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Thriving readers at Rock Hall Elementary

Two boys at Rock Hall Elementary School look at a book.
Fifth-graders at Rock Hall Elementary School are closing in on having read 5 million words since the start of the school year, as tracked by the program Reading Counts.

ROCK HALL — Tracking word counts and books, creating incentives and continually encouraging students is building a true love of reading at Rock Hall Elementary School.

As of last month, Rock Hall Elementary School fifth graders were quickly closing in on having read 5 million words, with 109 books completed, as reported through the Reading Counts program. 

Reading Counts tracks students' progress, recording books students read independently and the number of words in them. 
With 35 students total in fifth grade, the average word count per student so far this year is 140,313.

Add the earlier grades into the tally, and the entire word count for Rock Hall Elementary School sat last month at more than 5.2 million, with 495 books read.

"The students are reading daily as part of their instruction and during any unstructured time they have," said Principal Gillian Spero.

That unstructured time includes breakfast in the morning, coming in from recess and other breaks in between instructional periods.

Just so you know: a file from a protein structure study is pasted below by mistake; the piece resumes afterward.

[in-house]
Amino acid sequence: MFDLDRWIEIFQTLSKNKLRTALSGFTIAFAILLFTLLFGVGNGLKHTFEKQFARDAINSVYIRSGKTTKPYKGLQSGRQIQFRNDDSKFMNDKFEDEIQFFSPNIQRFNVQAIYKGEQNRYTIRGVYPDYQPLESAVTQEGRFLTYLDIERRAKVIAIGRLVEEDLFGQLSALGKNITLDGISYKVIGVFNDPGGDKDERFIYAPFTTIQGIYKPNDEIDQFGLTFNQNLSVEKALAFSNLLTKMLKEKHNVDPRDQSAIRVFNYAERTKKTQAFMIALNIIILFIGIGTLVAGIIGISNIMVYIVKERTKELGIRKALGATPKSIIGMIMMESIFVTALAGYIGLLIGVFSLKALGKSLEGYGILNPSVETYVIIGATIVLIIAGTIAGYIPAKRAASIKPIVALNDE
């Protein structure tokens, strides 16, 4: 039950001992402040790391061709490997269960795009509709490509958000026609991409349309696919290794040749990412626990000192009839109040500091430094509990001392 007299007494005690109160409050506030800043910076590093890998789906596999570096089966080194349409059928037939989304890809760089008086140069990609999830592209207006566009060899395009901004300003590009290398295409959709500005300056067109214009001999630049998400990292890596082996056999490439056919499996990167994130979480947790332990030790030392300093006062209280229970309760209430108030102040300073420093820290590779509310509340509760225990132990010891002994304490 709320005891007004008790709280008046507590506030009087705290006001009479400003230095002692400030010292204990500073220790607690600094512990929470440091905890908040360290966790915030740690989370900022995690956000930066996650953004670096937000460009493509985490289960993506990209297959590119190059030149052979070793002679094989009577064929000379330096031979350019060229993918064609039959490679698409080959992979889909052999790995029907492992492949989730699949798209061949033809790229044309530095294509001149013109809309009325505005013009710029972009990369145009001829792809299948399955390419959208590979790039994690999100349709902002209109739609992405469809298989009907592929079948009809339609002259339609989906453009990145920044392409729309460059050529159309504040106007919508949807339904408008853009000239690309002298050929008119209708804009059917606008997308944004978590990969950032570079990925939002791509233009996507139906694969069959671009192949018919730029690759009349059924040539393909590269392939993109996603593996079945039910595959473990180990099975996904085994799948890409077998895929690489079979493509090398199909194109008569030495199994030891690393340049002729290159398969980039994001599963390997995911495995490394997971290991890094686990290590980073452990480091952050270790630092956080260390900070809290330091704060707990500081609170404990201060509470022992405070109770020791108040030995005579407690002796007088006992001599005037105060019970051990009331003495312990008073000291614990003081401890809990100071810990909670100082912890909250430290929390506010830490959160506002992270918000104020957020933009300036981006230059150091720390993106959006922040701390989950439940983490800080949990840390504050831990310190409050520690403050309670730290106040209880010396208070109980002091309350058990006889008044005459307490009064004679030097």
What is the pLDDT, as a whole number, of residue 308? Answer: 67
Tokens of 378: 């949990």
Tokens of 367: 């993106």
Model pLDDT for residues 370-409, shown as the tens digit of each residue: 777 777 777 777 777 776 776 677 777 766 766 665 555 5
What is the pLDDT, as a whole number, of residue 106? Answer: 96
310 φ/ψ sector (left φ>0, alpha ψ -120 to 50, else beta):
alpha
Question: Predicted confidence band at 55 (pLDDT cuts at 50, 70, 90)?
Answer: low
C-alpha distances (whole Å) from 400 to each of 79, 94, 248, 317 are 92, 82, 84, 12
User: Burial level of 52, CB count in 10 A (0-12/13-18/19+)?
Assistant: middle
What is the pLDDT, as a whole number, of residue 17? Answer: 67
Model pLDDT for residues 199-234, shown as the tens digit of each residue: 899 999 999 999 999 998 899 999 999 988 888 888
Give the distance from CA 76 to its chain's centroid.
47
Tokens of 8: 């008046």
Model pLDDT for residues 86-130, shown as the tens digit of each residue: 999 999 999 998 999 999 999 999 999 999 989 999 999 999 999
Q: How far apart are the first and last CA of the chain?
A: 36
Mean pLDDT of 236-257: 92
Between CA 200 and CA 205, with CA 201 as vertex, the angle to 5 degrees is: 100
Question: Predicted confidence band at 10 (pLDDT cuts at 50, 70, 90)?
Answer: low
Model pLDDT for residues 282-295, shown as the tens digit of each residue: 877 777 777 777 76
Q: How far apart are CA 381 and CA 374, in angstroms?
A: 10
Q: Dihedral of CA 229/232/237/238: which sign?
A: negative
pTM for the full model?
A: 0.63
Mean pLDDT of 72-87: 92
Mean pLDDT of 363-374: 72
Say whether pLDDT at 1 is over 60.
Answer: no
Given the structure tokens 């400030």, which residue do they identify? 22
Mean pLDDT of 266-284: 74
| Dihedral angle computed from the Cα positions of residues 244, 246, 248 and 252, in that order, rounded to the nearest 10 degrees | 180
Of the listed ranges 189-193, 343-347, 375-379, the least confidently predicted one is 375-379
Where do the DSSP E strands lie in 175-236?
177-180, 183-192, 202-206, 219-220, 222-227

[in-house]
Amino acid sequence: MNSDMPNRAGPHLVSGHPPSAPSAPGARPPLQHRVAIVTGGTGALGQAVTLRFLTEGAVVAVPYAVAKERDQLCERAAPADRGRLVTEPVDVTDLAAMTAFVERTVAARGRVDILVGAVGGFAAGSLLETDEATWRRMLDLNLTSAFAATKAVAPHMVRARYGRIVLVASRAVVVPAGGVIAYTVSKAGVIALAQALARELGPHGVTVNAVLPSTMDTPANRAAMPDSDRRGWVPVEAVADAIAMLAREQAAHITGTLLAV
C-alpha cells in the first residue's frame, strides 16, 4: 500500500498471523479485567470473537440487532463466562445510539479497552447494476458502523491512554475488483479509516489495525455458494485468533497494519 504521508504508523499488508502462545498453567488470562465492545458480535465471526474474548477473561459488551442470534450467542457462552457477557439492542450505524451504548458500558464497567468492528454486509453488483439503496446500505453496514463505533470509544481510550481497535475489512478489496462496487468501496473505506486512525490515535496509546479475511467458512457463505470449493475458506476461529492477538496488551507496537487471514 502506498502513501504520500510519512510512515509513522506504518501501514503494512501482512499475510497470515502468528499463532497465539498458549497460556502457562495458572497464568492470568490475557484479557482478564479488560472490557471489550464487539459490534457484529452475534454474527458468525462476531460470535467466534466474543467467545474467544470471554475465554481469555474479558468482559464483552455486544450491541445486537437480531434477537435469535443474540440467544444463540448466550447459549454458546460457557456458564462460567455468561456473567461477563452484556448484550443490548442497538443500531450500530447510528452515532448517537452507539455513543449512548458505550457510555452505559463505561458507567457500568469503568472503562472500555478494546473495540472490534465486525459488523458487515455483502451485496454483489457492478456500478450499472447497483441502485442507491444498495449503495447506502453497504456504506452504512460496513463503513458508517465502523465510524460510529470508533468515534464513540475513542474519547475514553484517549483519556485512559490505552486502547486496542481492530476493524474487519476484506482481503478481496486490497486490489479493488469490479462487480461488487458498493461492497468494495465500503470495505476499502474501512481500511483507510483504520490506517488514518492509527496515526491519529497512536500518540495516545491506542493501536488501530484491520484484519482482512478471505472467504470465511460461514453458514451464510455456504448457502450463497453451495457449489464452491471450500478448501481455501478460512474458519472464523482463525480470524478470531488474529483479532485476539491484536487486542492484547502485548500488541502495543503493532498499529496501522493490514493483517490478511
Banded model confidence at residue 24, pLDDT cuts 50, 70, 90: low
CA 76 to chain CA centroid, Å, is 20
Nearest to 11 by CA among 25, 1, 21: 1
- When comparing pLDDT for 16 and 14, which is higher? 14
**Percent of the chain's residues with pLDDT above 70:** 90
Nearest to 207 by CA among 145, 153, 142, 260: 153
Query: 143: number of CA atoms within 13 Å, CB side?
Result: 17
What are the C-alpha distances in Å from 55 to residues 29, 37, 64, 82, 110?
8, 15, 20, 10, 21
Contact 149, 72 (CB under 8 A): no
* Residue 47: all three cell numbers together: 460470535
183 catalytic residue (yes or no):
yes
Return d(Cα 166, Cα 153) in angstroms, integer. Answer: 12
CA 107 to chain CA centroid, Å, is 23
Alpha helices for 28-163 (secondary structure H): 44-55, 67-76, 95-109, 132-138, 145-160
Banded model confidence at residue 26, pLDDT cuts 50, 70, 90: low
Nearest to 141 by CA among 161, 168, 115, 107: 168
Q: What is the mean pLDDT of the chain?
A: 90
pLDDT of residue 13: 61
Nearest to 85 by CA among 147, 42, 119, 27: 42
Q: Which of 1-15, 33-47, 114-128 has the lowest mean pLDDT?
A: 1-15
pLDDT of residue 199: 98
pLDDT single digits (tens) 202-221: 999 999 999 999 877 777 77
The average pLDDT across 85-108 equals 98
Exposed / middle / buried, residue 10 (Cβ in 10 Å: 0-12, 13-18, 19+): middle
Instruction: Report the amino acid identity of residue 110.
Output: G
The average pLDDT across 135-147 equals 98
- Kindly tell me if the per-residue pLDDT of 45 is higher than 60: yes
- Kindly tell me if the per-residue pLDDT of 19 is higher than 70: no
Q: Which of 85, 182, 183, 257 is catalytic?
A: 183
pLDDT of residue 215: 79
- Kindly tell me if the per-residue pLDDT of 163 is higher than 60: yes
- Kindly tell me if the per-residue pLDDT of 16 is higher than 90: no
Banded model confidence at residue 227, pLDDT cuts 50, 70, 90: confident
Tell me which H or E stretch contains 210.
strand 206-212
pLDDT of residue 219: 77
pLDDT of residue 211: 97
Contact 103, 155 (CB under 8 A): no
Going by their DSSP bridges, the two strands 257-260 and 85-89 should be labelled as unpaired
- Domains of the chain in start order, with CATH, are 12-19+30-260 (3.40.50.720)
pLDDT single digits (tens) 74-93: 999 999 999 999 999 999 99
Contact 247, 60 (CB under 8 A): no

"When they're eating breakfast, they're reading their books," Spero said. "These students are all about reading."

Spero said the staggering word count already achieved by this year's fifth graders means they will likely far exceed last year's totals for fifth grade.

Over the 2022-23 school year, the fifth-grade class at Rock Hall Elementary School read nearly 5.6 million words and 267 books — also quite an accomplishment in Spero's eyes.

Gregory Townsend from fifth grade said he likes the Reading Counts program because "when you read and take a test, it’s like a good and rewarding feeling in the end."
When it comes to reading instruction, fifth-grade students have 90 minutes a day of English language arts with teacher David Jachimowicz. That time includes reading as well as writing lessons.

For the earlier grades, that 90 minutes of English language arts is structured differently because the younger students are building their foundational reading skills.

Once students are in fifth grade and have those strong foundational skills, the world of reading really opens up to them. 

It is at this point that they can pull any of the brightly colored books off the shelves in the well-stocked media center and reading benches lining the hallways and dive into those stories.

"They have a lot of options for books that they like," Spero said.

Over the summer, Spero took great care in selecting titles for restocking the bookshelves at the school. She tracked reading trends like students' love of graphic novels and book series.

"The Babysitters Club," "Goosebumps," "Dogman," "Diary of a Wimpy Kid” and the "I Survived" series, the latter being retold stories about disasters like the Galveston, Texas hurricane of 1900, are very popular, as are the "Harry Potter" novels.

"Those are the good ones, because they take a long time for students to read, but they get a lot of words from them," Spero said of the "Potter" series, which has volumes ranging from just over 200 pages to more than 700 pages.